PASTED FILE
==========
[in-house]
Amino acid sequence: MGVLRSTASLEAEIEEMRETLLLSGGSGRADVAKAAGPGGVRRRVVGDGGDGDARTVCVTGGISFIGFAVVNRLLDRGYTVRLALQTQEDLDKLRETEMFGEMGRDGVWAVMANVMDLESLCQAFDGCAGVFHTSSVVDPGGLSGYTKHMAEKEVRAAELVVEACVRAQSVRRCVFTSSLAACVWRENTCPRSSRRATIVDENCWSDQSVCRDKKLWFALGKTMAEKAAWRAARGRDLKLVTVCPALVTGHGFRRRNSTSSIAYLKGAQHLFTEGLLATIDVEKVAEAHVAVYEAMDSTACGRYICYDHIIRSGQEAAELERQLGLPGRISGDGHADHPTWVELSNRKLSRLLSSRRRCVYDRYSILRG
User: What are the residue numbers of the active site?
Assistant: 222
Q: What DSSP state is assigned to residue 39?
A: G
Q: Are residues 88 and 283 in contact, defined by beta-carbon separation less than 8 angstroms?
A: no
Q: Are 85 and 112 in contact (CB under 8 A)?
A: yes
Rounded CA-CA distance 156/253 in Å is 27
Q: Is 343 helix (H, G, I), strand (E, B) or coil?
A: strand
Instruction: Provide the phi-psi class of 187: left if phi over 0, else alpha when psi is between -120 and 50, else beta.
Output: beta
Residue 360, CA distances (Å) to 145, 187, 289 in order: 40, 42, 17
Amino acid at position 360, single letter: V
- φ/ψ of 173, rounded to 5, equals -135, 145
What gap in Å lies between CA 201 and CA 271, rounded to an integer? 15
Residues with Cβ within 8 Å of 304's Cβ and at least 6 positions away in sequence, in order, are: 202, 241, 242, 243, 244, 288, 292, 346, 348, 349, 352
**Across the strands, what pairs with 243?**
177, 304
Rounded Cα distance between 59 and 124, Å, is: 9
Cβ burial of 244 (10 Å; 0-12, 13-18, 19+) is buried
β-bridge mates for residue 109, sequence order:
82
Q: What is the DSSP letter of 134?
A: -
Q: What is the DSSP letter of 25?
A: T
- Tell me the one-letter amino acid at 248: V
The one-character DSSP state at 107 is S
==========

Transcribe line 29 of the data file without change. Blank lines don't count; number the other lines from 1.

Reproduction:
Q: What is the DSSP letter of 25?